This dissertation presents a series of related agent-based models (ABMs) of the housing market in the Washington DC Metropolitan Statistical Area. The models investigate the causes of the housing market bubble and crash during the time period 1997-2009 and policies that could have avoided such a crisis. The work in this dissertation contributes to three research areas: understanding the underlying causes of the housing crisis, demonstrating the ability of ABMs to generate important macro phenomena, and improving ABM methodology.
Using the housing market models, I investigated counterfactual policies related to the causes of the crisis. I show that leverage and expectations are the two most prominent contributors to the bubble, but that other factors, such as interest rates, norms governing the share of income going to housing, and seller behavior all influence the bubble. I find that lending standards and refinance rules play almost no part in the bubble, contrary to some theories of the housing crisis. Towards the end of the dissertation, I pair the housing market with a model of mortgage-backed securities. I show that the increased velocity of lending made possible by securitization can increase the size of bubbles and make markets more fragile, increasing the likelihood of crashes.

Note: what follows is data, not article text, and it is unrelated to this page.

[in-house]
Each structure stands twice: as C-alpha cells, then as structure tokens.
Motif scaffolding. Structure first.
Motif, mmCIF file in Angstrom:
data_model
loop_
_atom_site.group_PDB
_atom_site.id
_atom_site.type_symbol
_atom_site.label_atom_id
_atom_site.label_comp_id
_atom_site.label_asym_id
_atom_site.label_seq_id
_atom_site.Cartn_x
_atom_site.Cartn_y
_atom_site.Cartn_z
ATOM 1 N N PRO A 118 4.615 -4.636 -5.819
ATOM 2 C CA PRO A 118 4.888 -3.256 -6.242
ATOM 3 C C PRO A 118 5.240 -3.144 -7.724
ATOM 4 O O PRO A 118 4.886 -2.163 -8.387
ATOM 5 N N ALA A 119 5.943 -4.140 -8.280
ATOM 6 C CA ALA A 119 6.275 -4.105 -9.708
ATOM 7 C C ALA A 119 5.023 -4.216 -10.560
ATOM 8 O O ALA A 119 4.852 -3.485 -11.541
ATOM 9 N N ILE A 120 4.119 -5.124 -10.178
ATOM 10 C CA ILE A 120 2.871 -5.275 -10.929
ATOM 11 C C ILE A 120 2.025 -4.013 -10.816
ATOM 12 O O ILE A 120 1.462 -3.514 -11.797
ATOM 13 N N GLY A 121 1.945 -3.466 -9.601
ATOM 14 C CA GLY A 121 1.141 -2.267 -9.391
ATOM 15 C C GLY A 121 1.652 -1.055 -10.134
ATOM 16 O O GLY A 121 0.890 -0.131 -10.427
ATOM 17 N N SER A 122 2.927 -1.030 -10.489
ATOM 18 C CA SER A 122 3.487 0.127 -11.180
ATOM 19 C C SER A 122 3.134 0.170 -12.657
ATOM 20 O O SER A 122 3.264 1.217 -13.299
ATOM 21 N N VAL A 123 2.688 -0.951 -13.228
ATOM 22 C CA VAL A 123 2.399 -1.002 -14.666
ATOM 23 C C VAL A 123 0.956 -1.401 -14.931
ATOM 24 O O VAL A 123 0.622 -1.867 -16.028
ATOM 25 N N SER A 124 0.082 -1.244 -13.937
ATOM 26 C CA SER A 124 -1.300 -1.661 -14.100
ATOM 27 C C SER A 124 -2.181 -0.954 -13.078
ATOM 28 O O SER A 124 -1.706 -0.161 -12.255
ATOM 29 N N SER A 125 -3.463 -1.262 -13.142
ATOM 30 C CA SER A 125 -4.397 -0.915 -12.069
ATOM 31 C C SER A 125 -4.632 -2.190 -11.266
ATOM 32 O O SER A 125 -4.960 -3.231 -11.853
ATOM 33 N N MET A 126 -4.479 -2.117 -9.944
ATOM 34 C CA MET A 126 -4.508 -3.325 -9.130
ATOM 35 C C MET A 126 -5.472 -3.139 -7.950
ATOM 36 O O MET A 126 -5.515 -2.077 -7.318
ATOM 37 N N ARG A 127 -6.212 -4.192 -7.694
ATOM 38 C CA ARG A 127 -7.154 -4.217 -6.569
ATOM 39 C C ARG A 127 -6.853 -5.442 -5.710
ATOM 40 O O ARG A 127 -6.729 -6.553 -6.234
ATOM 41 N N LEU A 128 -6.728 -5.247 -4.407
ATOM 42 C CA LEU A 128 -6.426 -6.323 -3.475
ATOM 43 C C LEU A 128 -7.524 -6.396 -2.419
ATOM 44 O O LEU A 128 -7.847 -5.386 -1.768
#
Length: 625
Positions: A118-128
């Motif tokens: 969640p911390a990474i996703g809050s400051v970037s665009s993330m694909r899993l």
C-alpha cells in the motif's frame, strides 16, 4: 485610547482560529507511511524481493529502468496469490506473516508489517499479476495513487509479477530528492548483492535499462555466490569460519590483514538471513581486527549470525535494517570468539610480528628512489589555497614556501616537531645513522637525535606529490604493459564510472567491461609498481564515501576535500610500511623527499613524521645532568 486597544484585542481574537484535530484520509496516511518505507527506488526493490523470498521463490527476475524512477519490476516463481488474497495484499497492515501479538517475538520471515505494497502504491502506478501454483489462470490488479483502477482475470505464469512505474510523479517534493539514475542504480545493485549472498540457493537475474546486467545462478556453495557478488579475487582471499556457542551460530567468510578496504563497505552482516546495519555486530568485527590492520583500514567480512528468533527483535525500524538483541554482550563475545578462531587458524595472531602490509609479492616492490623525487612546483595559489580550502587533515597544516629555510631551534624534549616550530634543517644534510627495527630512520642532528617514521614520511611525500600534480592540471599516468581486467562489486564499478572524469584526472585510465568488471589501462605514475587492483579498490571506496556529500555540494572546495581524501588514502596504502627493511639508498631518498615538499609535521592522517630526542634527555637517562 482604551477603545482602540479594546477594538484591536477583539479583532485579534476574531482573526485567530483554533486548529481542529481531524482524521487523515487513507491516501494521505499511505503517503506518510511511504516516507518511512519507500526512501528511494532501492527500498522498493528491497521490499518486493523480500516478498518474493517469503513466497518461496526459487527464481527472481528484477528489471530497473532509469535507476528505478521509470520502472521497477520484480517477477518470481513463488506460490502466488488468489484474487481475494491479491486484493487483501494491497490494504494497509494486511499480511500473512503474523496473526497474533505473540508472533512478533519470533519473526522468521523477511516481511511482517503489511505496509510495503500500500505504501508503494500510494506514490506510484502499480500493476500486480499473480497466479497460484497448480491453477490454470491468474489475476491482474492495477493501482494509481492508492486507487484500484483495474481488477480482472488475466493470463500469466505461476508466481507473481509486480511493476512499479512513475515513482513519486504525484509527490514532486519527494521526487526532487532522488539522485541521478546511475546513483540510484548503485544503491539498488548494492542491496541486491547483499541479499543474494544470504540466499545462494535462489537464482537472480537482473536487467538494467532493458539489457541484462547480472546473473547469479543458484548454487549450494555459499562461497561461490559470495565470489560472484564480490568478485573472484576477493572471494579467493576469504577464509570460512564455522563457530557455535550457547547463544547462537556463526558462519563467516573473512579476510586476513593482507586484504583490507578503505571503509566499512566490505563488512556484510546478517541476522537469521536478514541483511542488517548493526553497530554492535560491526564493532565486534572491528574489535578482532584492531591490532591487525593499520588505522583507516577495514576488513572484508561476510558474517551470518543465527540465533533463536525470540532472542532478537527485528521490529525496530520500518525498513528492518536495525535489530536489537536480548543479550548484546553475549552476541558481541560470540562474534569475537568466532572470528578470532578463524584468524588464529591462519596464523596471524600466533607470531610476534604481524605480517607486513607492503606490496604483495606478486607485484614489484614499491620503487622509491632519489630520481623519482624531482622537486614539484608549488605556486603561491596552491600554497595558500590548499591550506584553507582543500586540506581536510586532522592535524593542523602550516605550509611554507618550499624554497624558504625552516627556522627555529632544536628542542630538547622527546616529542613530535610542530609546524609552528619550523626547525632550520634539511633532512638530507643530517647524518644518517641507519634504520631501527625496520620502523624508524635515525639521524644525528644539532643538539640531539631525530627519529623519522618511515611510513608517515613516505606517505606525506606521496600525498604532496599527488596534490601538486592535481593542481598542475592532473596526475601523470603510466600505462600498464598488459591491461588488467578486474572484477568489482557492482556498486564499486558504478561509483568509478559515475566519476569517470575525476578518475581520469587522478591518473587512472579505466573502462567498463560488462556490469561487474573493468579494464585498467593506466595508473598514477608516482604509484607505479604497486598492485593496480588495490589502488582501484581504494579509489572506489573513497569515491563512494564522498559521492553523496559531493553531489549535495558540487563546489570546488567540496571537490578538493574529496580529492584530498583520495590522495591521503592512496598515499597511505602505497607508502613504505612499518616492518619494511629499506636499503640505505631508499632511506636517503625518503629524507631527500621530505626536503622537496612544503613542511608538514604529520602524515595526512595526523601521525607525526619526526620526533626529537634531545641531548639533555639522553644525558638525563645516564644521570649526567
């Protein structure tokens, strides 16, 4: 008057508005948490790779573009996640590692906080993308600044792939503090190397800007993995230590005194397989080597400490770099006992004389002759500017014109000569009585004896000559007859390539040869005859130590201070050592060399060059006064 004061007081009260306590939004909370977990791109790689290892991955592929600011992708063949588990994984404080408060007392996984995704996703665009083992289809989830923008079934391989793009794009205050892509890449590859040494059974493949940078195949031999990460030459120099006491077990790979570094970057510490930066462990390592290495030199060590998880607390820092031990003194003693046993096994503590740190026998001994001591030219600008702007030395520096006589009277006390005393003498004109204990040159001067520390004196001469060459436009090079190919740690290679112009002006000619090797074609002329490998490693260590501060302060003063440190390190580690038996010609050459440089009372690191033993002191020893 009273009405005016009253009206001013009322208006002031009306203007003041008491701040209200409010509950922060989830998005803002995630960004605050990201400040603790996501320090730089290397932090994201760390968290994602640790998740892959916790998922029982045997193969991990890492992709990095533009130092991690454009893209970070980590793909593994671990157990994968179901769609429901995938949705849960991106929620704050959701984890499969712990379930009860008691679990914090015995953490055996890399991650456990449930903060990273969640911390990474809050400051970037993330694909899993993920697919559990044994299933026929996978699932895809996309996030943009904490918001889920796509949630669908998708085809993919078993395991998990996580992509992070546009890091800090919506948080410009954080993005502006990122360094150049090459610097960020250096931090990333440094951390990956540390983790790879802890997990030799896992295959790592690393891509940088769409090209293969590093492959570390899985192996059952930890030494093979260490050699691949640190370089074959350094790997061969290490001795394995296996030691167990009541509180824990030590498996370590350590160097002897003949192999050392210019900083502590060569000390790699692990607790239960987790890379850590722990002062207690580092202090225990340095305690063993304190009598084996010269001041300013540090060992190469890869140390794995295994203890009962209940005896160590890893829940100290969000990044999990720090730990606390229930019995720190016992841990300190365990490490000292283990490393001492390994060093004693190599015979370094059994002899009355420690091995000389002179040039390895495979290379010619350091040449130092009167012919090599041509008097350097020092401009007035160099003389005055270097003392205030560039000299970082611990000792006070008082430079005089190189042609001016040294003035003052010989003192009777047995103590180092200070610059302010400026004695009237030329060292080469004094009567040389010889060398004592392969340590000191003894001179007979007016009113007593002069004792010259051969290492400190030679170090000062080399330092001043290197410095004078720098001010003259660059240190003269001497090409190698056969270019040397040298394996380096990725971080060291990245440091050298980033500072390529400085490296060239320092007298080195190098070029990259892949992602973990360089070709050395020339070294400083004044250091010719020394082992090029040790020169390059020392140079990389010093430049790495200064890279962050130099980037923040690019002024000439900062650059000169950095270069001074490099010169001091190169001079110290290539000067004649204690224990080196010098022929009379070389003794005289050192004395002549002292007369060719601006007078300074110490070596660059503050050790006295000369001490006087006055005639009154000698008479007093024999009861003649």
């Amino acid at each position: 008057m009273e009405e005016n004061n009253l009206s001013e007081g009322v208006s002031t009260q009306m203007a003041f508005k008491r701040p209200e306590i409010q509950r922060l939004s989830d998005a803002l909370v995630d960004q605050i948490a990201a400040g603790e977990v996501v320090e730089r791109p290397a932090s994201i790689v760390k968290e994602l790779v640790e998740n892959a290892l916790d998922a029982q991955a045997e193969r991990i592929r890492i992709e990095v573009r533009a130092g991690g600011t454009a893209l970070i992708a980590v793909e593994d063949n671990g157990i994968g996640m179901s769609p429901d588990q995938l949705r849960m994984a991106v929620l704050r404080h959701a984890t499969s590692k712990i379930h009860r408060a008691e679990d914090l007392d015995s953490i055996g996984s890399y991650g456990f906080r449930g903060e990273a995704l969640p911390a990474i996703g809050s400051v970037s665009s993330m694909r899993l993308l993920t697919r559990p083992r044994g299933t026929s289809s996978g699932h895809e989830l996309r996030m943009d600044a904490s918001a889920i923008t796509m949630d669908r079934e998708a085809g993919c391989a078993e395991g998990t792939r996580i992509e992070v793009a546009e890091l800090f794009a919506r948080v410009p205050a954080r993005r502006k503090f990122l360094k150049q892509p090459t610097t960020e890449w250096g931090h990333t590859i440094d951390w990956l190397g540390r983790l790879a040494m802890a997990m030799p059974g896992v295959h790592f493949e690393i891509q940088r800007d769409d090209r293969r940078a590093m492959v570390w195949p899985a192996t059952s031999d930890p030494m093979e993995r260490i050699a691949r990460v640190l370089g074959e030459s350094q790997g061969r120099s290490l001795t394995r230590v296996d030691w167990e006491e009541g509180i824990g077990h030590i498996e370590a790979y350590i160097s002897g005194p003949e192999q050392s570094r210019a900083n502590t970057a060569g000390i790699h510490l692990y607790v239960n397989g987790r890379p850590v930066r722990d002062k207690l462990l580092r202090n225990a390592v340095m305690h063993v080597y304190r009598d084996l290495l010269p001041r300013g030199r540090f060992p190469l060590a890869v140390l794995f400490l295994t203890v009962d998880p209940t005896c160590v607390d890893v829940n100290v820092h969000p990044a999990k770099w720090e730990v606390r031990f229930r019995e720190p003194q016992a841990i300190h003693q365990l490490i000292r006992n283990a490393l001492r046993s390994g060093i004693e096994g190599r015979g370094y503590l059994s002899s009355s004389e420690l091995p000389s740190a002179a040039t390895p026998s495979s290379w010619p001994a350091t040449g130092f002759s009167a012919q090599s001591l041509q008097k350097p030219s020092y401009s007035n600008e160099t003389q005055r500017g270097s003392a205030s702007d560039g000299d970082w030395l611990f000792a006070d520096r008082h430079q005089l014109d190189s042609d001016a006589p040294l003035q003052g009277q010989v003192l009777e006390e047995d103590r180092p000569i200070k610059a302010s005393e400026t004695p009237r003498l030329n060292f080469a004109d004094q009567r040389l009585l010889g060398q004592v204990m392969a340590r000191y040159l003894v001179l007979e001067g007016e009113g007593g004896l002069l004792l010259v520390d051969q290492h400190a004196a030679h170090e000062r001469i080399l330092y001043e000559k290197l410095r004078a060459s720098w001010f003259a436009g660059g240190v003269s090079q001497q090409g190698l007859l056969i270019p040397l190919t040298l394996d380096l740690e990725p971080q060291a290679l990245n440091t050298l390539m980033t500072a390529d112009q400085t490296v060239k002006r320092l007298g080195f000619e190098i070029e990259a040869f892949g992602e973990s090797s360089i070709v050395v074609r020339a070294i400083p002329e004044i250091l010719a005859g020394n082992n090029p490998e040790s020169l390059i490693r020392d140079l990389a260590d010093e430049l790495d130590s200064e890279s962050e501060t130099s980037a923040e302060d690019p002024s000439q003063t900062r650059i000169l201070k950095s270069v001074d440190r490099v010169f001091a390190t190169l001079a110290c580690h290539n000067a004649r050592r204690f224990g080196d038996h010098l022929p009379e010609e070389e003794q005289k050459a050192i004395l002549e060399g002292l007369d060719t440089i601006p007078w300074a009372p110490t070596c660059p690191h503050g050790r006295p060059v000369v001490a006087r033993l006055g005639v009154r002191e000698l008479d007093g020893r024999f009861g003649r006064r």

The ABMs in this dissertation exploit multiple large, heterogeneous data sets and utilize behavioral rules that are more realistic than conventional neoclassical specifications to reproduce detailed housing market dynamics. Input data include loan level data, multiple listing service (MLS) records, and demographic information from a variety of sources. The ABMs exploit this data by choosing the precise areas of input distributions to use based on the context of the model. This allows the ABMs to match not only aggregate outputs, but intermediate outputs and data distributions. For example, the ABMs in this dissertation not only reproduce empirical macro phenomena, such as the shape of the house price index, but also intermediate variables (e.g., distribution of loan types, average leverage, average days on market, average ratio of sold price to original listing price) and output distributions (e.g., distribution of house prices).
Throughout the dissertation I follow several methodological principles in construction and analysis of the ABMs. First, I demonstrate the use of data to constrain the models. Next, I describe a sensitivity analysis methodology that goes beyond parametric variations, but also varies model rules in what I term a structural sensitivity analysis. I demonstrate how criticisms about ABMs with regard to their opacity, brittleness, and dependency on arbitrary modeling decisions can be resolved through such an analysis. I also describe the architectural design of the models, which makes explicit the theoretically-inspired behavioral rules, facilitating structural sensitivity analyses.
|Advisor:||Axtell, Robert L.|
|Commitee:||Farmer, J. Doyne, Kennedy, William G., Ramirez, Carlos|
|School:||George Mason University|
|Department:||Computational Social Sciences|
|School Location:||United States -- Virginia|
|Source:||DAI-A 78/12(E), Dissertation Abstracts International|
|Subjects:||Economics, Computer science|
|Keywords:||Agent-based model, Asset bubble, Financial crisis, Housing, Real estate, Simulation|
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